What Values Will Drive The Next Decision

To all members of the Port Dover Waterfront Preservation Committee and all Friends of Silver Lake:

 Eric D’Hondt, Norfolk County’s General Manager, Public Works and Environmental Services, has tabled for Council’s consideration a “staff report summariz(ing) investigations and preliminary design activities… related to the Misner’s Dam.” His report in its entirely can be accessed by clicking on the link at the end of this post.

  Council will take this up at its Council meeting this coming Tuesday, February 26, 5pm. Mr. D’Hondt is asking for direction from Council inasmuch as the bill to deal with the Misner Dam is now presented and as well is  in excess of the presently budgeted 1.3 million dollars.

 ” The ability to accurately estimate the cost of the IDF mitigating measures is complicated as working solutions have not been completely defined. Notwithstanding the costs external to the dam structure, the cost to provide a structurally sound dam, is now estimated to be in excess of $2,500,000 (includes the fish ladder required by the DFO and the 25% contingency noted in Attachment No. 2). The additional cost for the dam repair is beyond that estimated in previous reports ($1,300,000) due to the now expected need to provide piling for structural support. An order-of-magnitude cost for the additional water control works (ie, such as spillways) is $10,000,000 as shown in Attachment No. 2.” [See page 3 of Mr, D’Hondt’s report.)

 The central factor driving this vastly different assessment is the requirement to deal with a flood resulting from a storm event very much in excess of what we experienced with Hurricane Hazel back in the mid-50’s.

 “Using the MNR standards, requirements, accepted practices and methodologies CRA [Conestoga Rovers Associates] has produced the IDF [Inflow Design Flood] for the Misner’s Dam in Port Dover. This is the storm that must be used as the “design storm” for any design work for the dam. … The CRA IDF consists of runoff generated by a storm with 420mm of rainfall over a 12-hour period. This is a massive storm far above any storm event Norfolk County has previously considered for any other purpose. This is 50% more rainfall than the famous Hurricane Hazel storm. Also the IDF rainfall occurs in one quarter of the time of Hazel, making it much more intense than Hazel.” [See page 9 of  the Vallee attachment.]

 If the restoration of Silver Lake, the continuing viability of our marine industry, harbour, and beaches, is of vital interest to you, then you should consider attending this upcoming meeting of Council to hear for yourself as Council grapples with what is now a difficult problem. Your attendance reinforces to Council how vital this matter is to the Community.

PW_13-15 Report to Council 2013


Asian Carp and Snake Head Carp the next big threat to our waters !

Meeting of The Birds of Directors

Meeting of The Birds of Directors

This serene picture of Silver Lake was taken where there was still some water to be enjoyed this past summer. We chose this picture because of Tim’s humourous title and today’s message is coming from the Board of Directors of the Port Dover Water Front Preservation Association.   The message however is not serene and concerns a serious situation we are potentially facing in Norfolk County as well as other areas that border our Great Lake Waters.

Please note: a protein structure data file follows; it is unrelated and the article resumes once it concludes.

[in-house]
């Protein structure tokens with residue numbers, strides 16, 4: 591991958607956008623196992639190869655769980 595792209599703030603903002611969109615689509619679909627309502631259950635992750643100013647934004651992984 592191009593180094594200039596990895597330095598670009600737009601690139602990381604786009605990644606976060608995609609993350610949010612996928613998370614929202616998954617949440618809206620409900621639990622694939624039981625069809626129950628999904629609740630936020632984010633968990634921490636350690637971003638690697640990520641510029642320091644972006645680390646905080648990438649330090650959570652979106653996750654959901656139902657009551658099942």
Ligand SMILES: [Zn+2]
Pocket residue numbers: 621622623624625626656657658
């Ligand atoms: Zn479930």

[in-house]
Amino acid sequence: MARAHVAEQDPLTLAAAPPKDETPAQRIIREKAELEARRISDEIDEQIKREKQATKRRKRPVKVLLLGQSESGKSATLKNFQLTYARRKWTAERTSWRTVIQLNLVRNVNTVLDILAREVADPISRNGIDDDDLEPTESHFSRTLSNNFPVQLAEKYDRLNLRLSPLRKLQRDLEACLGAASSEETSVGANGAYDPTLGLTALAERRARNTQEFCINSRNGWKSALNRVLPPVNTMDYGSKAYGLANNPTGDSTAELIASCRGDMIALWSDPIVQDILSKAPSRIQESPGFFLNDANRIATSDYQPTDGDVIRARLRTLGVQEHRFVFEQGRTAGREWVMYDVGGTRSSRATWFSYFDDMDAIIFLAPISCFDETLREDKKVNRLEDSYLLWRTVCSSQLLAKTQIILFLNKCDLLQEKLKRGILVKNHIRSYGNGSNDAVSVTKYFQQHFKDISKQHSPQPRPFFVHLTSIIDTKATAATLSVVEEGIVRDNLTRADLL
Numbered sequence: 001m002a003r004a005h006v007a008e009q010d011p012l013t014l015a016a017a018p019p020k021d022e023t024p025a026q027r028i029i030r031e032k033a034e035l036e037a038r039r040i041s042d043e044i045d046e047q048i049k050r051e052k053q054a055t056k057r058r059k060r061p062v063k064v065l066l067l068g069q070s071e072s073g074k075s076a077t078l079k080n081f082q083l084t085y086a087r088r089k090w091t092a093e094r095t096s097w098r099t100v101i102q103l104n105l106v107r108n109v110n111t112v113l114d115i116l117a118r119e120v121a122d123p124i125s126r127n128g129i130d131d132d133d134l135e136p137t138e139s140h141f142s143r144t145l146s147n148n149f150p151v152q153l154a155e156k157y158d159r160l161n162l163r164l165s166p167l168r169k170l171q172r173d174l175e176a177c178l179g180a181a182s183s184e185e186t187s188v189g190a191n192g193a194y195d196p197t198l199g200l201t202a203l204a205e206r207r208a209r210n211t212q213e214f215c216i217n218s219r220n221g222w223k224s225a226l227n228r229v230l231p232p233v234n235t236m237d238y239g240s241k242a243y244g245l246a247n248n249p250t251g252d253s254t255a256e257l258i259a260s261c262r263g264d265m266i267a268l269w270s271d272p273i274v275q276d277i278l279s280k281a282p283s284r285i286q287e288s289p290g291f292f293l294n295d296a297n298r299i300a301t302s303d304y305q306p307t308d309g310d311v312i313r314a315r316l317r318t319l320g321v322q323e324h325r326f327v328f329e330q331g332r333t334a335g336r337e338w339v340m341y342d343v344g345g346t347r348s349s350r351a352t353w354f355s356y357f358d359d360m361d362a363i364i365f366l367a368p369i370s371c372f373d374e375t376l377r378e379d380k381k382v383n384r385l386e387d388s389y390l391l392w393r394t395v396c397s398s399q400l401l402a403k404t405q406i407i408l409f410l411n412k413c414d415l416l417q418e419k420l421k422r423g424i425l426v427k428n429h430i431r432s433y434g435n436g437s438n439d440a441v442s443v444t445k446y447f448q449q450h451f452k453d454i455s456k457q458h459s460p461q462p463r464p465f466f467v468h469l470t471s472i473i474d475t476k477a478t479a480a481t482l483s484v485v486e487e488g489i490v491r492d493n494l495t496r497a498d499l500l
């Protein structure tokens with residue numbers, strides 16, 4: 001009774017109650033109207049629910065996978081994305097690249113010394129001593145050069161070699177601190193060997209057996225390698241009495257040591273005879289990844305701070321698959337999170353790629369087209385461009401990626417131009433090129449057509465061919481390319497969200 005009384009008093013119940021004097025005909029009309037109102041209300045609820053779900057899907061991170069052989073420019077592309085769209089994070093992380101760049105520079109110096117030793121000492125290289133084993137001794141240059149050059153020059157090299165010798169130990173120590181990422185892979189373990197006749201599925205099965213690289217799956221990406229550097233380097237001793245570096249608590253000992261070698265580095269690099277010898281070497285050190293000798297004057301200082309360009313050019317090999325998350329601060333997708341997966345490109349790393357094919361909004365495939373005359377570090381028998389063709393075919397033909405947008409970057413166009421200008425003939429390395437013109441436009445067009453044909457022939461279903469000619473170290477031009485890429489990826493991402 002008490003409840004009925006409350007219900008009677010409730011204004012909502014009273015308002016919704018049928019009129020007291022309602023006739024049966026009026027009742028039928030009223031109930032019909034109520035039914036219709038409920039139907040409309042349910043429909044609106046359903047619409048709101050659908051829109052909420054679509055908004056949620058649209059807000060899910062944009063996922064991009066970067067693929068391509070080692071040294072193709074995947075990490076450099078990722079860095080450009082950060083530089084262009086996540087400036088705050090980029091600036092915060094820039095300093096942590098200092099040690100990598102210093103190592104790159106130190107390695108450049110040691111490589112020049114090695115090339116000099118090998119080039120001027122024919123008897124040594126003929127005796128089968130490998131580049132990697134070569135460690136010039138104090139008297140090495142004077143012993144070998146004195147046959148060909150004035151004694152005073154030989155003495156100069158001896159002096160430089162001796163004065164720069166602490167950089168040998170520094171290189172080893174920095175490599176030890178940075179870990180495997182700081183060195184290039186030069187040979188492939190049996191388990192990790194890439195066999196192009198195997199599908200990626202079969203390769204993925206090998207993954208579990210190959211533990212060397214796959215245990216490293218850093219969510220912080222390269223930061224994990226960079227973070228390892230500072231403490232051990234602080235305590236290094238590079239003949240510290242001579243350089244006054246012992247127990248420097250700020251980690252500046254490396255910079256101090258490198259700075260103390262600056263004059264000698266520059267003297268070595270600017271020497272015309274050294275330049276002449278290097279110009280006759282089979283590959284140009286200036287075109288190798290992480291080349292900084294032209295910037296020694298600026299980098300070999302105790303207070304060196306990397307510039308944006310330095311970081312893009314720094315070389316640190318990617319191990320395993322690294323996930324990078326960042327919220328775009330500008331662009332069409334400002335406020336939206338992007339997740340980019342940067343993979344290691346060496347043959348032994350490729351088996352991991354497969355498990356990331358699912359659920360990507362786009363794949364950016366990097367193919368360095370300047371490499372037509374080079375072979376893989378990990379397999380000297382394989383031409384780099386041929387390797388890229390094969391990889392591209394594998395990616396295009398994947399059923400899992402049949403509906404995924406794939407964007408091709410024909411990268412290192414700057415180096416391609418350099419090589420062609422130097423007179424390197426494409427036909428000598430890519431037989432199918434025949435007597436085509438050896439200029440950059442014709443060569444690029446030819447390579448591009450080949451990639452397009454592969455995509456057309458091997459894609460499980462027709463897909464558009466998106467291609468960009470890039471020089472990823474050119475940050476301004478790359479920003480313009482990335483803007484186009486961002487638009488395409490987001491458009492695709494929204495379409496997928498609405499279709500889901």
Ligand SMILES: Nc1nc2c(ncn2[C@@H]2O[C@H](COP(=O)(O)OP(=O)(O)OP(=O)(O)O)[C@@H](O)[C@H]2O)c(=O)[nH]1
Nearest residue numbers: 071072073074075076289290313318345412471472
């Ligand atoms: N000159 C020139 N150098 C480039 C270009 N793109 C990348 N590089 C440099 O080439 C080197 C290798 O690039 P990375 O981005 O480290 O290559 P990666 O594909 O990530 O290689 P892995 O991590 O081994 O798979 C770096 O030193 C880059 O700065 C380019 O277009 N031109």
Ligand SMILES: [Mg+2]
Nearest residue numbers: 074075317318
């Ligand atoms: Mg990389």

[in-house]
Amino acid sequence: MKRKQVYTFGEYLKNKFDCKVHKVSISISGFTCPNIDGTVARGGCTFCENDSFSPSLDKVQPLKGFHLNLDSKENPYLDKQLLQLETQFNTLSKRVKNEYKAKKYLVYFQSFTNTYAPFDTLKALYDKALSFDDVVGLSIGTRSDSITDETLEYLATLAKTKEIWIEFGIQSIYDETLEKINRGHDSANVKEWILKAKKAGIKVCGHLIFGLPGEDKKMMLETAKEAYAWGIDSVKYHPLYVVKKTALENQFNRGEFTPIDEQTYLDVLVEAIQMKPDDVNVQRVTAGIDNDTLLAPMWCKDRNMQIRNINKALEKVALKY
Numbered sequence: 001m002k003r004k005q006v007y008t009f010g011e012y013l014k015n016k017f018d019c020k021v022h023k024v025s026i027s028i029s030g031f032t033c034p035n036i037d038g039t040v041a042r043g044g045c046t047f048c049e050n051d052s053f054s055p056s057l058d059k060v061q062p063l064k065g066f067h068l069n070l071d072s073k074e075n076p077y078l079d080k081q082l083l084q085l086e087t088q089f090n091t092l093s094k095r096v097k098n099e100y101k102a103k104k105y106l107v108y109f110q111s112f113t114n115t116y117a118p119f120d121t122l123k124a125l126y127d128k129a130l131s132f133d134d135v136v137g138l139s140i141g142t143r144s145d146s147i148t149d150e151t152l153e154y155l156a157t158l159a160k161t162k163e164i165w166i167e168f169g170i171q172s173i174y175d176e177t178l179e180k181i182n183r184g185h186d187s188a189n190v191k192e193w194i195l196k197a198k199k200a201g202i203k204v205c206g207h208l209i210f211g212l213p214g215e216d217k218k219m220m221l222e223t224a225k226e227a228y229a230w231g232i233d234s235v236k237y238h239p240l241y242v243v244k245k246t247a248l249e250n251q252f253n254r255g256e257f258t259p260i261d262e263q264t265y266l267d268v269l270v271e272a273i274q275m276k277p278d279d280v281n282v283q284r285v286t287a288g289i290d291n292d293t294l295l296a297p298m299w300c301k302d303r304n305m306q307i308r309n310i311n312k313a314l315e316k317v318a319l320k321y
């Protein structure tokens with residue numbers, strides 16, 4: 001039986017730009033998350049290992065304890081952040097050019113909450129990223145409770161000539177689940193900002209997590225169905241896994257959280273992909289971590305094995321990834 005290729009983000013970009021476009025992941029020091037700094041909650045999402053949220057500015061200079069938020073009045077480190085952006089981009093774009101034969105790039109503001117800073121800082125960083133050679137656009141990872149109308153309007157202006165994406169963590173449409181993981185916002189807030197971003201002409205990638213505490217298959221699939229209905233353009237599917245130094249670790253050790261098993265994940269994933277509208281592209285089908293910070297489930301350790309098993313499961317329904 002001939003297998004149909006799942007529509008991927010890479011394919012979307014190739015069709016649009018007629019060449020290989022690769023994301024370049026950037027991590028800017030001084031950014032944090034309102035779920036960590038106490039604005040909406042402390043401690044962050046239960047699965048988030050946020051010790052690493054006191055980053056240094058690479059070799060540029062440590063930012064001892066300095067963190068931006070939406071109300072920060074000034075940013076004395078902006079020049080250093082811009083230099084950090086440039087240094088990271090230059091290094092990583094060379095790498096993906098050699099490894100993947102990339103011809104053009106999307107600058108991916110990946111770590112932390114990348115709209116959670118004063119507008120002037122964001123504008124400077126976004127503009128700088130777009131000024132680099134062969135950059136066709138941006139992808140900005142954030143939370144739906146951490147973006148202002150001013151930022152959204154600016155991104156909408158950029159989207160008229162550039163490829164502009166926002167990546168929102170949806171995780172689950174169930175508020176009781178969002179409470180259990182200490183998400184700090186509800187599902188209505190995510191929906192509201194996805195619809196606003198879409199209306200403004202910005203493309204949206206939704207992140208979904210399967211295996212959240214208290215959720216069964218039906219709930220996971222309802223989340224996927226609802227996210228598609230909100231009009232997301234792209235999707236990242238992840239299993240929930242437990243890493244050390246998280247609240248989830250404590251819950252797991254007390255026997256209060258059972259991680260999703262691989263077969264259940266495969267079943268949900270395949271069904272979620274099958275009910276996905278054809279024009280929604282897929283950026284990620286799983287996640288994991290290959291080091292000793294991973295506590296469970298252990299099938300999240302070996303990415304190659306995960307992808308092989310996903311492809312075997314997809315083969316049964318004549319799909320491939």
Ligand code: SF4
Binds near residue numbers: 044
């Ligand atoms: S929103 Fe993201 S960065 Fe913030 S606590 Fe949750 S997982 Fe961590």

The Board of Directors of the Port Dover Waterfront Preservation Association would like to bring the following seminar to the attention of all members. It is their opinion that   the removal of Misner Dam   would  allow species such as the Asian Carp and Snake Head Carp to enter Lynn Waterway and other rivers that flow into the Great Lake Basins.  We are now facing a  disastrous situation that could  be controlled by restoring the dam and not constructing fish ladders.  If you are concerned, consider attending the seminar described below on Feb. 21st.

THE GREAT JUMPING CARP CAPER – Illustrated Talk by David Frew

Thursday February 21 at the Port Dover Harbour Museum
“Just when you thought it was safe to go back in the water…”

Back in the 70s, a rubber shark in a blockbuster movie made the whole world leery of ocean beaches.  Now it seems to be happening again – only this time the terror is in fresh water. According to the some scientists it is just a matter of time until huge carp make their way into Lake Erie, where they may change everything that we have ever known about the Great Lakes.  These invasive refugees from southern catfish farms escaped during high water cycles in the early 1990s.  They slithered across corn fields and found their way into the Mississippi watershed, which is now joined at Chicago to the Great Lakes, thanks to manmade locks.  As these monster fish – some of which can jump ten feet into the air – head north, they are killing sportsmen, annihilating native species and destroying bottom structures.  Are perch and walleye doomed?  Could we possibly eat them?  Are we eating them already?

You can find out on Thursday February 21st when the Port Dover Harbour Museum hosts David Frew’s fascinating illustrated talk on the latest invasive species to threaten our lake. David is a professor at Mercyhurst College in Erie, Pennsylvania and the author of a series of books on Lake Erie shipwrecks as well as his popular volume on Lake Erie rum running, Midnight Herring.

David is one of the Harbour Museum’s most popular speakers and this is the initial presentation in the museum’s annual Harbour Lecture Series. Admission is $5.00 at the door

Port Dover Harbour Museum – 44 Harbour St., Port Dover (519) 583-2660  www.portdovermuseum.ca

In the meantime, we are confident that Tim will get us the first pic of a Snake Head Carp when it makes its way past his idyllic work shop and Bryn decides to go hunting for snacks. 

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